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Scand J Urol Nephrol. 2012 Apr;46(2):97-101. doi: 10.3109/00365599.2011.644862. Epub 2012 Jan 18.

Effects of short and long-term indapamide treatments on urinary calcium excretion in patients with calcium oxalate dihydrate urinary stone disease: a pilot study.

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University Hospital Son Espases, Palma de Mallorca, Spain.



The aim of this study was to determine the relative calcium-reducing effects of indapamide at 6 and 18 months using a dose of 1.5 mg/day.


Twenty-two patients with idiopathic hypercalciuria and calcium oxalate dihydrate urinary stone disease (minimum one stone episode) were selected. Each patient began a therapy regime of 1.5 mg indapamide sustained release taken once a day in the evening. Under basal conditions and after 6 and 18 months of treatment, subjects submitted urine and blood samples for analysis. The primary aim of this study was to assess the effects on excretion and concentration of calcium in urine.


For 2 h urine, there was a mean decrease in urinary calcium concentration of 47%, whereas urinary calcium concentrations decreased by 53% in 24 h urine (p < 0.05) at 6 months of treatment. Blood urate levels rose by 19% (p < 0.05). Treatment for 18 months resulted in significant reduction in urinary calcium levels, by approximately 48% (p < 0.05) in both 2 h and 24 h urine. A 21% increase in urate levels in the blood was observed (p < 0.05). The remaining parameters remained unaltered.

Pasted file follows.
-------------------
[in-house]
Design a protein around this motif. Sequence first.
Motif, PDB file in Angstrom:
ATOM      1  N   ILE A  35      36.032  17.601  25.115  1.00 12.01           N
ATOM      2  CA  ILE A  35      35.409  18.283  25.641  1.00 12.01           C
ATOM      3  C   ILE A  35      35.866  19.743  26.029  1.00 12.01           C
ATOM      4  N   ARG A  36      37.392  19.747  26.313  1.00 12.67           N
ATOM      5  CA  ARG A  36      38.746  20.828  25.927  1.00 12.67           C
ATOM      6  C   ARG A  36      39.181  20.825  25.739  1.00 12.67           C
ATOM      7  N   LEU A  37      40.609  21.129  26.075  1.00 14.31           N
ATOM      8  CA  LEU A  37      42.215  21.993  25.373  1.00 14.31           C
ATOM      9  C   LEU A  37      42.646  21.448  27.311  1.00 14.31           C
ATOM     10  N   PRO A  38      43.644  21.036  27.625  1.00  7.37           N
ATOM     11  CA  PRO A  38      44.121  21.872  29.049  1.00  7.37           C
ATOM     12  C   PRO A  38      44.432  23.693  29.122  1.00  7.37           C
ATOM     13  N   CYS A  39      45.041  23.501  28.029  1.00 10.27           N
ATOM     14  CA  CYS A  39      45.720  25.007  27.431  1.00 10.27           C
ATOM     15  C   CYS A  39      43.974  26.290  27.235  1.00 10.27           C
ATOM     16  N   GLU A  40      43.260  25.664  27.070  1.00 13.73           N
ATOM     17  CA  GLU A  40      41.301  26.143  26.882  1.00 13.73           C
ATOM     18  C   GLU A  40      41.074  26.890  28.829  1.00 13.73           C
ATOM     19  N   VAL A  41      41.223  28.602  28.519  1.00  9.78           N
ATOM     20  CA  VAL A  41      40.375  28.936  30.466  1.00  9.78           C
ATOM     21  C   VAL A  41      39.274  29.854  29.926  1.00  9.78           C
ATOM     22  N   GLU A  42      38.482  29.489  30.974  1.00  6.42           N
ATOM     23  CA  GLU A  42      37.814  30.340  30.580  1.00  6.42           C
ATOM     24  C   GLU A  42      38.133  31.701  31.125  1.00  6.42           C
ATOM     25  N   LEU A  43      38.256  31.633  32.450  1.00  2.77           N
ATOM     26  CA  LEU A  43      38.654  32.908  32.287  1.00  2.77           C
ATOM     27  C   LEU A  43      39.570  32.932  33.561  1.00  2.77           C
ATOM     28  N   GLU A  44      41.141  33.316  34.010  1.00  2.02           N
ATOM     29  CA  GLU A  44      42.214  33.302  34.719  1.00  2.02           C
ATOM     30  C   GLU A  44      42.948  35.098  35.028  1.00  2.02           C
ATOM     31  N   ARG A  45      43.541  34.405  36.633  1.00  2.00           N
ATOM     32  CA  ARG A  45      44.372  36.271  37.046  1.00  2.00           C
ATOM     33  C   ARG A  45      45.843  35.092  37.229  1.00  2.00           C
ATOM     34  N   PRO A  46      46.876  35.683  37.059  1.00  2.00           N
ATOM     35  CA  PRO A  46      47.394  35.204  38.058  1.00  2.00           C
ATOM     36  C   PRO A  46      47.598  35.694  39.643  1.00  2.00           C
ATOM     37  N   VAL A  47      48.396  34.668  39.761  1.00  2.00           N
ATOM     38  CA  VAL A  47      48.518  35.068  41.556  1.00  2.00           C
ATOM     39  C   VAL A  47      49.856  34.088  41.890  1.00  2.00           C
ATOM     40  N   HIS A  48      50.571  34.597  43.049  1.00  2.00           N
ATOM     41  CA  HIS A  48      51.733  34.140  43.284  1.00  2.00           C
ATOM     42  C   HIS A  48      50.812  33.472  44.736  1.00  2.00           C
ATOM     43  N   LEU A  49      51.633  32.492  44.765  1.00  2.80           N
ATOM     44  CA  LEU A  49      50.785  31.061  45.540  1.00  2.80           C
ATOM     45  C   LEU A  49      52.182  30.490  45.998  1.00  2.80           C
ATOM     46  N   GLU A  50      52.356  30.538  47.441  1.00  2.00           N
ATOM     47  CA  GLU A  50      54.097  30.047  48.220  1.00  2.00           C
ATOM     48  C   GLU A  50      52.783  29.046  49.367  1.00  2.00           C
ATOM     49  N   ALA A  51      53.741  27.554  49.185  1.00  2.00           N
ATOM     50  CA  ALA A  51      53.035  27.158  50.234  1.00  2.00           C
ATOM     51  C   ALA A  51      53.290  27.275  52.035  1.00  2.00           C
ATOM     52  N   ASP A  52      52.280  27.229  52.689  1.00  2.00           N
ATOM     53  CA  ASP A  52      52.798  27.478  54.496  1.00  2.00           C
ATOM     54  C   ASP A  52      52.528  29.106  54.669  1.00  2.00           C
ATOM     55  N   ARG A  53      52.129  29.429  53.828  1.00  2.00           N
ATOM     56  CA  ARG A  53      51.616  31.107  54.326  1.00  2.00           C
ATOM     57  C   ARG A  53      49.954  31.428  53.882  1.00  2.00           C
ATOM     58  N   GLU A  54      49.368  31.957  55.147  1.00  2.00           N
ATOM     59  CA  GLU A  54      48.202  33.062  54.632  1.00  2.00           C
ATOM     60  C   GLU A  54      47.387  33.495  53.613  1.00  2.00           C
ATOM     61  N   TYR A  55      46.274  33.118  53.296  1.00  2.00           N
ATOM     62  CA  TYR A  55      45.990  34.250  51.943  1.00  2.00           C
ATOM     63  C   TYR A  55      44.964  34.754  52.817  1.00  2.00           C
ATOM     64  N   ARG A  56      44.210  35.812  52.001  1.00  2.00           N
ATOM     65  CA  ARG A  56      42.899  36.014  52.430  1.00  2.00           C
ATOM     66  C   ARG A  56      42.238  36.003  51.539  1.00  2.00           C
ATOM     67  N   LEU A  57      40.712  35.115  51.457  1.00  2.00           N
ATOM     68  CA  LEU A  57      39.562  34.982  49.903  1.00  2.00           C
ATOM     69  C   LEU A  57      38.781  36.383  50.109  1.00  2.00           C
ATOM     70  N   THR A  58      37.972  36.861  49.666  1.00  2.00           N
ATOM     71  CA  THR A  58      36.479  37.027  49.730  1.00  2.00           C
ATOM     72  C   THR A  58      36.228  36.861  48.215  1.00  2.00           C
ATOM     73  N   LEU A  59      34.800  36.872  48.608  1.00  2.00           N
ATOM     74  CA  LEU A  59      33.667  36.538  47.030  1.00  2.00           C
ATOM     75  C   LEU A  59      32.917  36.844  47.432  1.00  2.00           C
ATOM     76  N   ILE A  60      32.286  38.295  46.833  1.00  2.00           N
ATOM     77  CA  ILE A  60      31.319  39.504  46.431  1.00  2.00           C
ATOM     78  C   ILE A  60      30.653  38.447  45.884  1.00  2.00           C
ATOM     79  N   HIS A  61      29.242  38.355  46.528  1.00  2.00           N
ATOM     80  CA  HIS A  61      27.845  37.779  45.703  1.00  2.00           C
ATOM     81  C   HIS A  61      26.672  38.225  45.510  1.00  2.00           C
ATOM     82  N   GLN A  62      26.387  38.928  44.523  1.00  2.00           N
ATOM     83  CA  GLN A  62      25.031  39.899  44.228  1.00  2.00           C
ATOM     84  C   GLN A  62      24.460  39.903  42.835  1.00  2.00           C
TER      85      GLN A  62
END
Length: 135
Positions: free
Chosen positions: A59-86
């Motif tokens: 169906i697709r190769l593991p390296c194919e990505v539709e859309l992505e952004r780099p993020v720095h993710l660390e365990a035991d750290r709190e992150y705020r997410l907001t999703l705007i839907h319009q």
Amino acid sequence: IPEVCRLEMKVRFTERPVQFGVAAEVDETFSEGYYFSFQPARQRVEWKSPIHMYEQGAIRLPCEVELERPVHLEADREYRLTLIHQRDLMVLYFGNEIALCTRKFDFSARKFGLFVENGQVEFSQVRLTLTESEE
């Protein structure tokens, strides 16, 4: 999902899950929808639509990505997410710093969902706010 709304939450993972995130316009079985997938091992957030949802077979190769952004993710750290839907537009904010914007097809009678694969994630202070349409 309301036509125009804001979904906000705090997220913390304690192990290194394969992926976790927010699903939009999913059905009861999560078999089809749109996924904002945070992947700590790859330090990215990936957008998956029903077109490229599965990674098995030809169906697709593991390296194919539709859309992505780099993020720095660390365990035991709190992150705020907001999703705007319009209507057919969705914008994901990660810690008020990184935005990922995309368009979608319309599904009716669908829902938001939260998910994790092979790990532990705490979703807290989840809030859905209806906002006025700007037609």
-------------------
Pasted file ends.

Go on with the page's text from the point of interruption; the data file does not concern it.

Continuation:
Owing to the low effective dosage of indapamide (1.5 mg/day) and the lack of any severe side-effects, this drug would appear to be a good candidate for use in the control of hypercalciuria. As such, it could prove efficacious in the prevention of recurrent kidney stones that are often associated with this condition.

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